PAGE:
BCL Communications Manager Fabio Franceschi was open and hopeful about the NBA champion playing in the Intercontinental Cup, as he stated clearly:
“Thanks to FIBA’s close partnership and cooperation with the NBA, we believe it is mostly a question of time and agenda alignment.”
Franceschi also spoke about how the BCL will do their best to ensure the European champion is a part of this tournament:
“As said hereabove, as Basketball Champions League, we are only one participant among others in the Intercontinental Cup tournament, as FIBA is the entity managing this global event. That said, we are confident that future editions will include the champions’ club of each continental region, which will make of this event a truly global club competition. On our side, as FIBA’s top tier club competition in Europe, the Basketball Champions League winners will always be available to represent Europe.”
It’s encouraging to see that at least one basketball league representative was willing to voice their views on the topic, and believes that as agendas are figured out, the chance for truly global club play only increases.
The NBA communications department did speak with me, but only off the record for background info.
While no official comment was made, conversations revolved on the impact it would have on player’s health, safety, and time. The logistics of a season alone are often planned at least a year in advance; adding additional games appeared to be an unpopular suggestion. The feeling after said conversations felt like one of kicking the can down the road.
Why this idea should be given a real chance
Yes, soccer is the most watched and celebrated sport in the world right now. Billions watch the FIFA world cup, support teams from the Premier League and other European leagues, and wear jerseys of players they’ll never see off of their screens. However, FIBA and more specifically the NBA has not faced the same allegations FIFA has tripped their way through time and time again.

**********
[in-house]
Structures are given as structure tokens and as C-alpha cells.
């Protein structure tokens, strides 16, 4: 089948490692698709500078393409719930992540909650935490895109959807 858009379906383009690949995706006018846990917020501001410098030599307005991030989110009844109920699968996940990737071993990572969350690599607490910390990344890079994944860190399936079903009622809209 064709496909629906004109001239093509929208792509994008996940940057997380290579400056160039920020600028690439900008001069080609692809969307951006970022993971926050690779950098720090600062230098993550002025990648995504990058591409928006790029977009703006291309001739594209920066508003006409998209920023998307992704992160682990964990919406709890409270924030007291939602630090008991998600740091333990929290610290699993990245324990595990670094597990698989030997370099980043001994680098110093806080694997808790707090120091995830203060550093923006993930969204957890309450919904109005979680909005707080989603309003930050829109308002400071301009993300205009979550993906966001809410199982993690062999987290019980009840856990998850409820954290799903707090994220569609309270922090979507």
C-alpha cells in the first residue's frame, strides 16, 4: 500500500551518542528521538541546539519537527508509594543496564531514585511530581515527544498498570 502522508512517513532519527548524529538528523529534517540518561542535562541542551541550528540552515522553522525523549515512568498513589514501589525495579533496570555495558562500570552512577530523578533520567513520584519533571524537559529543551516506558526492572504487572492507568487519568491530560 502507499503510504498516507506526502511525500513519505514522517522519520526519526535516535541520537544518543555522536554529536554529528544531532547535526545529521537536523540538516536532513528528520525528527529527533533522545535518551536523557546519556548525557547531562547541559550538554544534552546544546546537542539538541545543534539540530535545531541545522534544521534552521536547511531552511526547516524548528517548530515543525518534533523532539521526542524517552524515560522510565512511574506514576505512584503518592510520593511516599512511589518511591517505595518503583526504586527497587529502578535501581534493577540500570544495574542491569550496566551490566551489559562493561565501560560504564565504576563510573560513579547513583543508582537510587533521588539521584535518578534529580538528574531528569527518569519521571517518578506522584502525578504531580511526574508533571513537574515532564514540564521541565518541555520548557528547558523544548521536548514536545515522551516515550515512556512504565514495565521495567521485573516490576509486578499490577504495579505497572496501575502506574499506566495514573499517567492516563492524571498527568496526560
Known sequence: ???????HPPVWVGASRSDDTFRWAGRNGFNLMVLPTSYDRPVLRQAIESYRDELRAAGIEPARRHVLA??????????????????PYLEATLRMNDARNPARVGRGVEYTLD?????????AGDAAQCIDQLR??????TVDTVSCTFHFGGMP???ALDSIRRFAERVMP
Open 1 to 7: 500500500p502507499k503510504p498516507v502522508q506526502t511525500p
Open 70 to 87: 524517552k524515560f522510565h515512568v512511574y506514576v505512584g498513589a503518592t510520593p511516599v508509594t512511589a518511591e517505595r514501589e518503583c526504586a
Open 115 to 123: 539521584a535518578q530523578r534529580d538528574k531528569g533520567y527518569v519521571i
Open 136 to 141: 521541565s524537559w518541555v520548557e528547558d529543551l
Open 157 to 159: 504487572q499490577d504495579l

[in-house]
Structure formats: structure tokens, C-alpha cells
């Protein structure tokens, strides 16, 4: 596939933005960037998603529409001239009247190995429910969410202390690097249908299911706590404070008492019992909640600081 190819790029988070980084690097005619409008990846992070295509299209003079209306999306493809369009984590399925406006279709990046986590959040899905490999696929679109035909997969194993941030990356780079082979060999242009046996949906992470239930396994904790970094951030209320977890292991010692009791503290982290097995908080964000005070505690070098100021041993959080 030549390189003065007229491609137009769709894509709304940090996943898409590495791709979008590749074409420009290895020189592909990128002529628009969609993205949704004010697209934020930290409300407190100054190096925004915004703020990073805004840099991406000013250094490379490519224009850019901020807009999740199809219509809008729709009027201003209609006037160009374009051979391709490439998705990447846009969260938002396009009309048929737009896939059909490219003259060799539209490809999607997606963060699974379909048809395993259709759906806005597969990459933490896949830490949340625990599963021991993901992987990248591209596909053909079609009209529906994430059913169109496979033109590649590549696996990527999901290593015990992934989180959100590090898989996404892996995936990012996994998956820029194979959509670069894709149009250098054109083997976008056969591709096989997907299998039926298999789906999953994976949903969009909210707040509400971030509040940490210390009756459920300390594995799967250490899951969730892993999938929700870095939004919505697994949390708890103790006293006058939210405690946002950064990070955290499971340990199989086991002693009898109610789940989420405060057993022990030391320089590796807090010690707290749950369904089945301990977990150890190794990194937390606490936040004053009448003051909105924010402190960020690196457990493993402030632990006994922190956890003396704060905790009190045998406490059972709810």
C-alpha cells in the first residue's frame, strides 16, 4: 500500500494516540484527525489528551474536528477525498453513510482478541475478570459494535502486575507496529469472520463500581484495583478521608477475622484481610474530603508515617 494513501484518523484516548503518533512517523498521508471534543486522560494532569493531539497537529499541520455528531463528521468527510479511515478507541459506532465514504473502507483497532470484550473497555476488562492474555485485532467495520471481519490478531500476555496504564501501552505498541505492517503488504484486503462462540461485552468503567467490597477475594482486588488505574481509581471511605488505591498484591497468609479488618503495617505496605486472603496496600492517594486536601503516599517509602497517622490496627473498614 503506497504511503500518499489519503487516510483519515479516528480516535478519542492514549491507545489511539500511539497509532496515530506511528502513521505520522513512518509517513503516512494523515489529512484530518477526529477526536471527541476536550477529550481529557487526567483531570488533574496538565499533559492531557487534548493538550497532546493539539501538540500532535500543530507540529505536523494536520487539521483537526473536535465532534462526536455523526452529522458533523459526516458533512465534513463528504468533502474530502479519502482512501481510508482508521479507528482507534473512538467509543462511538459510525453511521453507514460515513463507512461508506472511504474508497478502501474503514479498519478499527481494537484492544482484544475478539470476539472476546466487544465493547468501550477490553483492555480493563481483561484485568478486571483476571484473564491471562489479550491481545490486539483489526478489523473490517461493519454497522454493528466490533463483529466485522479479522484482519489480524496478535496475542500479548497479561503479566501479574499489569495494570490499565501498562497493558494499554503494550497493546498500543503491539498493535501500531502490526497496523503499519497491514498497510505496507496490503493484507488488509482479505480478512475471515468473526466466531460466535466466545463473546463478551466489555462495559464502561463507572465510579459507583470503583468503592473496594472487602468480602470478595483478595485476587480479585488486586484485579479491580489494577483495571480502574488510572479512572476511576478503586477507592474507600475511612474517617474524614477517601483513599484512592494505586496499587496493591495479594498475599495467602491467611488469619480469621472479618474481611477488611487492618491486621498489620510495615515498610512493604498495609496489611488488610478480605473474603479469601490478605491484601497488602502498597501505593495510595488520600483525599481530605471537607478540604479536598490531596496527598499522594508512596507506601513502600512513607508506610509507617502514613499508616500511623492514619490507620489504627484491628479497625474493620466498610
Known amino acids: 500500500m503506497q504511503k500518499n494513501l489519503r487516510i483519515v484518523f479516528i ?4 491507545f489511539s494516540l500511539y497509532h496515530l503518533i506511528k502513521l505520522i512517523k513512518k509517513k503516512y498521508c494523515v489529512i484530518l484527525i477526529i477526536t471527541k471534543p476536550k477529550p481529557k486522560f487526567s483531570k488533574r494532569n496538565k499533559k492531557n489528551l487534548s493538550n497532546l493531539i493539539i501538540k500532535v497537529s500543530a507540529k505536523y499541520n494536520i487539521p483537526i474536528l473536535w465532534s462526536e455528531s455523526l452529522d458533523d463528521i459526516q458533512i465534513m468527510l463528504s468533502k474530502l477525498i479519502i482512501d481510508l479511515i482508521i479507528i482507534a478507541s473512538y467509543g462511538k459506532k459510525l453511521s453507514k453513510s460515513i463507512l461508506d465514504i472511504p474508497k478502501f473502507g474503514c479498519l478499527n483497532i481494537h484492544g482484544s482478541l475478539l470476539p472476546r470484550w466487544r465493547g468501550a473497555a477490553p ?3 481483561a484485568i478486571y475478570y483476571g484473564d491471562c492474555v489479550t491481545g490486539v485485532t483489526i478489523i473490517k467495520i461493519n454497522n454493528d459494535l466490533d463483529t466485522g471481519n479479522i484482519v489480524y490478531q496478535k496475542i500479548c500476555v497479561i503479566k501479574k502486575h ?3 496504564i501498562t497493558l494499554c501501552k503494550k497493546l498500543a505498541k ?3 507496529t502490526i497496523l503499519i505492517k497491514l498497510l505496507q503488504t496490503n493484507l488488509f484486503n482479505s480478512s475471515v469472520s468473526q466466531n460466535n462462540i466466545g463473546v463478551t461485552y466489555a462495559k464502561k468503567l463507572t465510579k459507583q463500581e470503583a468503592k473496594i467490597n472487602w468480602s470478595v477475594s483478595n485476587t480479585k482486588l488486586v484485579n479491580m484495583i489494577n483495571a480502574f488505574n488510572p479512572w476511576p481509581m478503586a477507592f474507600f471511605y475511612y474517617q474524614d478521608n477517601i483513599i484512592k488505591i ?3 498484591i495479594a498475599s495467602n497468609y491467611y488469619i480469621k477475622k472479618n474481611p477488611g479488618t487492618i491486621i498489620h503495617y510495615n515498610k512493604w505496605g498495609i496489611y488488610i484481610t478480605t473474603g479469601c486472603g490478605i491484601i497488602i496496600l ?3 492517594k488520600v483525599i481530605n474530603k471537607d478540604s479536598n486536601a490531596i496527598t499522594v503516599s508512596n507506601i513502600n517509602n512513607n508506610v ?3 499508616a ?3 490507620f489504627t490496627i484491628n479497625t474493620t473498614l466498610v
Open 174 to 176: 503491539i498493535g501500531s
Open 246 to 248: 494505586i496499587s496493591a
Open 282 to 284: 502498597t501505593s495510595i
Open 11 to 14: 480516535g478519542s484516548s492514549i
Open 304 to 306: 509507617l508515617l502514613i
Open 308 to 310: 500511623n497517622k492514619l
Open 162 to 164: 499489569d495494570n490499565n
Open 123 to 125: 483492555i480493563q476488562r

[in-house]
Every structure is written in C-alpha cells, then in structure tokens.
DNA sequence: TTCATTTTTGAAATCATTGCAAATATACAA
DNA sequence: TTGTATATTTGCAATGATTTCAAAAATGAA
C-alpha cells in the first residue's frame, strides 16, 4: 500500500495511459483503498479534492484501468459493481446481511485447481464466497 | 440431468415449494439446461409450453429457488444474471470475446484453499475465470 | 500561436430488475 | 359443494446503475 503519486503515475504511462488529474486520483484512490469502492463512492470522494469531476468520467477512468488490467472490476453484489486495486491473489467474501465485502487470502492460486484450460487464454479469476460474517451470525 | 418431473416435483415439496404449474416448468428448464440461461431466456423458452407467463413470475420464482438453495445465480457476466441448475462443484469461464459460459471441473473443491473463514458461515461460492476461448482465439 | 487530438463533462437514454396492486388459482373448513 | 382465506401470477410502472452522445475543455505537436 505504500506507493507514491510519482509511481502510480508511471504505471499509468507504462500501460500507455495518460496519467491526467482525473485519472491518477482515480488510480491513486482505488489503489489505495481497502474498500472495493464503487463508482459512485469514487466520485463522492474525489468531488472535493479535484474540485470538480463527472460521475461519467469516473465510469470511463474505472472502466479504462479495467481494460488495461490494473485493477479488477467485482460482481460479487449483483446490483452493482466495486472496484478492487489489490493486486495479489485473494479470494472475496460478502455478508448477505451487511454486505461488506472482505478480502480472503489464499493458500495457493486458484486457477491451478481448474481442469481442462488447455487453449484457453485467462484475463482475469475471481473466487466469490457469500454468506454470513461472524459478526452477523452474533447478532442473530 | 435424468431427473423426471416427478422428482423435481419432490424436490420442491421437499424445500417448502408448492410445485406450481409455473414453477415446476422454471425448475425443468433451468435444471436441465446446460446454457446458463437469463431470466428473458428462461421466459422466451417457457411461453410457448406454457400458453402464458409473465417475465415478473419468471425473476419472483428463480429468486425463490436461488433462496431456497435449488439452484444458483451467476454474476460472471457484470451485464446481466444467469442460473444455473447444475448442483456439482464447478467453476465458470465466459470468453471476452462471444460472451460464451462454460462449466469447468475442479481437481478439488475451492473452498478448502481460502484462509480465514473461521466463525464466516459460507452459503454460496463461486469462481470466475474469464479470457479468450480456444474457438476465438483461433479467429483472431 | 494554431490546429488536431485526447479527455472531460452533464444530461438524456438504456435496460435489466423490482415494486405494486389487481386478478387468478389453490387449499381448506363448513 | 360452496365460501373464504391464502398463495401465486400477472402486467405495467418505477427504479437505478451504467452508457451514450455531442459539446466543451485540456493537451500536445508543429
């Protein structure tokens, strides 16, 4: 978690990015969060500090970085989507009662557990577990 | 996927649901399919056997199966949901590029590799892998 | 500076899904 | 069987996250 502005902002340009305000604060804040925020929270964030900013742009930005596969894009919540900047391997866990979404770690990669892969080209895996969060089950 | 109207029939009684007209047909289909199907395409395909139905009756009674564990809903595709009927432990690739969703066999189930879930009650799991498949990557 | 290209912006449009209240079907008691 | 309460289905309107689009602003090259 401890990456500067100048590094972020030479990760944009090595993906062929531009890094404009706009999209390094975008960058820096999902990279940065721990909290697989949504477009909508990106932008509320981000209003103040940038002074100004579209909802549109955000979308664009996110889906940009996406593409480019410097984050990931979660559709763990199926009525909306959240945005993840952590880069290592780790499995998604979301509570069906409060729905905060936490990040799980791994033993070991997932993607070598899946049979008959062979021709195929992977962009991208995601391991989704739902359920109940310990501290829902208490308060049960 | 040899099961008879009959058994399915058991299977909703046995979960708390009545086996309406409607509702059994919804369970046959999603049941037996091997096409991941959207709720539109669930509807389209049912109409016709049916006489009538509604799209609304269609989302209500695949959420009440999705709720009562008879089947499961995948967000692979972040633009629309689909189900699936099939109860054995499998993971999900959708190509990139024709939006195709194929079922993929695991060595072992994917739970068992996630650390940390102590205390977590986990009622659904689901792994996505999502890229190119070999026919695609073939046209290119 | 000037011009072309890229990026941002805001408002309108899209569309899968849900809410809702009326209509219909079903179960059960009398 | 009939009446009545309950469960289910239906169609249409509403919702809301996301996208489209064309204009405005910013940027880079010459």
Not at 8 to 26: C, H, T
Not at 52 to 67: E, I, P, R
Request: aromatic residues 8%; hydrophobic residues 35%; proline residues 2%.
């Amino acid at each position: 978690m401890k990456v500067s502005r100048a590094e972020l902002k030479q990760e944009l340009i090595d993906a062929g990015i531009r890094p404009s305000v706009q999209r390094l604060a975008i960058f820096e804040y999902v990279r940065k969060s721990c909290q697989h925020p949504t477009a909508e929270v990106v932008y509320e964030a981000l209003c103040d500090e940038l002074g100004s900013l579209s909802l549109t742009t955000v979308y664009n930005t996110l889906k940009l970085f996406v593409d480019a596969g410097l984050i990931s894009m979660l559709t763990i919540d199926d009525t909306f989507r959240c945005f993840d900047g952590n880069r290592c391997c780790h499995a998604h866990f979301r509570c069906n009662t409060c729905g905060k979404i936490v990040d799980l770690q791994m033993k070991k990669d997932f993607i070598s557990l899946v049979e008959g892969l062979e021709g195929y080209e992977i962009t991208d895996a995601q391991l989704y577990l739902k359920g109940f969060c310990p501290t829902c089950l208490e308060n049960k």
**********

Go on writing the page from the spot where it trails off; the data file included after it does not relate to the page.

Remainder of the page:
NBA teams aren’t sold with alleged claims of money laundering as a possible reason for the sale. The NBA hasn’t had anywhere near the kind of corruption allegations and financial fiascos FIFA has. By no means is the United States’ basketball league squeaky clean, what with its issues of game fixing by a small alleged number of referees in the past, or its issues of calling fouls fairly on every player.
However, Adam Silver and Co. can LEARN from soccer’s mistakes. Basketball players are some of the most well-known athletes in the world, and sponsorships make sure that won’t change anytime soon. It’s possible that NBA owners would never, EVER go for this. However, because the NBA is unique compared to other major leagues in the United States in that players have a larger voice in league conversations, things can change . Convincing the players, who then can convince NBA commissioner Adam Silver, would basically hold the owners hostage.
Players also might be very opposed to this; but, because current NBA rosters have so many international players, those players very well might enthusiastically get behind it. Imagine Denver Nuggets’ center Nikola Jokic playing against guys he plays with for the Serbian national team? Or if Giannis Antetokounmpo plays with the Milwaukee Bucks against AEK or Olympiacos B.C.?
It seems far-fetched, but so did playing preseason games in other countries. So did sending NBA players to compete in the Olympics, which helped expand the NBA’s worldwide demand it still has today. So did going to one of these other leagues across the world, playing for a year, and then getting drafted as a lottery pick in the NBA Draft.
Each calculated risk in hindsight appears smart for the NBA and players working to get there. There are really no downsides to this attempt at making basketball a truly global sport on a competitive level. This is the next step after the Olympics.